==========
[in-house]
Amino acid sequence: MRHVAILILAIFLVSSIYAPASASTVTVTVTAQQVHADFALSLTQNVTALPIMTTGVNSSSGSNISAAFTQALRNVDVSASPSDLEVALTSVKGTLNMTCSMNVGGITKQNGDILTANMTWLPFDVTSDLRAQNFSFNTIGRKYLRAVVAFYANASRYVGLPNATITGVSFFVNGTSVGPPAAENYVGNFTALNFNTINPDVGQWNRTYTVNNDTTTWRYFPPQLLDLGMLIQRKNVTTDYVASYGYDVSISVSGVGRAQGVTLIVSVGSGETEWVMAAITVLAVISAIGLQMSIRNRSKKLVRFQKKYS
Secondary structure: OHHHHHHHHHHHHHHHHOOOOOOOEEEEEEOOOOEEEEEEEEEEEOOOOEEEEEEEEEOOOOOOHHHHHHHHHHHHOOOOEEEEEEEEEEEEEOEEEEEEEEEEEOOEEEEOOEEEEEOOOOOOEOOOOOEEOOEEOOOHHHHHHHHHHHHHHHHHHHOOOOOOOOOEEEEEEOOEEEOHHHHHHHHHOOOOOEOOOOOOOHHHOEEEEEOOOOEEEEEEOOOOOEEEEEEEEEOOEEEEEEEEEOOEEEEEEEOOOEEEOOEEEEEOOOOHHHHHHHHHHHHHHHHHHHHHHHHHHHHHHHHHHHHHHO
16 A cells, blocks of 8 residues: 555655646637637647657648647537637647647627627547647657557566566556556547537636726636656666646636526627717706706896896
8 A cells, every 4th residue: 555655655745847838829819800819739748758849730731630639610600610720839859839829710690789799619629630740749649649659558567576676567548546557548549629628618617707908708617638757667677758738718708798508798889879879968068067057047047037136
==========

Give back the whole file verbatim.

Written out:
[in-house]
Amino acid sequence: MRHVAILILAIFLVSSIYAPASASTVTVTVTAQQVHADFALSLTQNVTALPIMTTGVNSSSGSNISAAFTQALRNVDVSASPSDLEVALTSVKGTLNMTCSMNVGGITKQNGDILTANMTWLPFDVTSDLRAQNFSFNTIGRKYLRAVVAFYANASRYVGLPNATITGVSFFVNGTSVGPPAAENYVGNFTALNFNTINPDVGQWNRTYTVNNDTTTWRYFPPQLLDLGMLIQRKNVTTDYVASYGYDVSISVSGVGRAQGVTLIVSVGSGETEWVMAAITVLAVISAIGLQMSIRNRSKKLVRFQKKYS
Secondary structure: OHHHHHHHHHHHHHHHHOOOOOOOEEEEEEOOOOEEEEEEEEEEEOOOOEEEEEEEEEOOOOOOHHHHHHHHHHHHOOOOEEEEEEEEEEEEEOEEEEEEEEEEEOOEEEEOOEEEEEOOOOOOEOOOOOEEOOEEOOOHHHHHHHHHHHHHHHHHHHOOOOOOOOOEEEEEEOOEEEOHHHHHHHHHOOOOOEOOOOOOOHHHOEEEEEOOOOEEEEEEOOOOOEEEEEEEEEOOEEEEEEEEEOOEEEEEEEOOOEEEOOEEEEEOOOOHHHHHHHHHHHHHHHHHHHHHHHHHHHHHHHHHHHHHHO
16 A cells, blocks of 8 residues: 555655646637637647657648647537637647647627627547647657557566566556556547537636726636656666646636526627717706706896896
8 A cells, every 4th residue: 555655655745847838829819800819739748758849730731630639610600610720839859839829710690789799619629630740749649649659558567576676567548546557548549629628618617707908708617638757667677758738718708798508798889879879968068067057047047037136